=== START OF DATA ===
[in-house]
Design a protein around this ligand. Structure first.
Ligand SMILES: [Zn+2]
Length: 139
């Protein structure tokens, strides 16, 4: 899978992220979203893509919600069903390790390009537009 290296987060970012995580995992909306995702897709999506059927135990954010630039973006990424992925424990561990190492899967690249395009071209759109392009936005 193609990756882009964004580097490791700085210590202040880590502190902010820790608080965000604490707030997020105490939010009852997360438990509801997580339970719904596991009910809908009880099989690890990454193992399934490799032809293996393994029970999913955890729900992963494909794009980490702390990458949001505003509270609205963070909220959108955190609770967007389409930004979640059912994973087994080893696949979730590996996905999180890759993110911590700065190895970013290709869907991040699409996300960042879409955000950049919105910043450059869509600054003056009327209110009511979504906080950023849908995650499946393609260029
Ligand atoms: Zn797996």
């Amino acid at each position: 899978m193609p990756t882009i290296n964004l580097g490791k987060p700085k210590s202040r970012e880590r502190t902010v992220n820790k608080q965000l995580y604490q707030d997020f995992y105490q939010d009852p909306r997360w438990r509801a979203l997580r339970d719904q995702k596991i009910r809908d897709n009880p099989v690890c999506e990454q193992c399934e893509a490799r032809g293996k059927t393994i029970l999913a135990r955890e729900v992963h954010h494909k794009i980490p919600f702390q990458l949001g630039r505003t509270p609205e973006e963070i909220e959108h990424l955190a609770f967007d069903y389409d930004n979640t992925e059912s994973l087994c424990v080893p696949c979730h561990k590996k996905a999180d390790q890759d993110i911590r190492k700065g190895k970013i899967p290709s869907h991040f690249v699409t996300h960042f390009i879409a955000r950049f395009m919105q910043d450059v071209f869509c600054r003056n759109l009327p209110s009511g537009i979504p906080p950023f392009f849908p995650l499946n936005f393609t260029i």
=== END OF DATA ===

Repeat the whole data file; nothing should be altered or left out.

[in-house]
Design a protein around this ligand. Structure first.
Ligand SMILES: [Zn+2]
Length: 139
């Protein structure tokens, strides 16, 4: 899978992220979203893509919600069903390790390009537009 290296987060970012995580995992909306995702897709999506059927135990954010630039973006990424992925424990561990190492899967690249395009071209759109392009936005 193609990756882009964004580097490791700085210590202040880590502190902010820790608080965000604490707030997020105490939010009852997360438990509801997580339970719904596991009910809908009880099989690890990454193992399934490799032809293996393994029970999913955890729900992963494909794009980490702390990458949001505003509270609205963070909220959108955190609770967007389409930004979640059912994973087994080893696949979730590996996905999180890759993110911590700065190895970013290709869907991040699409996300960042879409955000950049919105910043450059869509600054003056009327209110009511979504906080950023849908995650499946393609260029
Ligand atoms: Zn797996």
């Amino acid at each position: 899978m193609p990756t882009i290296n964004l580097g490791k987060p700085k210590s202040r970012e880590r502190t902010v992220n820790k608080q965000l995580y604490q707030d997020f995992y105490q939010d009852p909306r997360w438990r509801a979203l997580r339970d719904q995702k596991i009910r809908d897709n009880p099989v690890c999506e990454q193992c399934e893509a490799r032809g293996k059927t393994i029970l999913a135990r955890e729900v992963h954010h494909k794009i980490p919600f702390q990458l949001g630039r505003t509270p609205e973006e963070i909220e959108h990424l955190a609770f967007d069903y389409d930004n979640t992925e059912s994973l087994c424990v080893p696949c979730h561990k590996k996905a999180d390790q890759d993110i911590r190492k700065g190895k970013i899967p290709s869907h991040f690249v699409t996300h960042f390009i879409a955000r950049f395009m919105q910043d450059v071209f869509c600054r003056n759109l009327p209110s009511g537009i979504p906080p950023f392009f849908p995650l499946n936005f393609t260029i």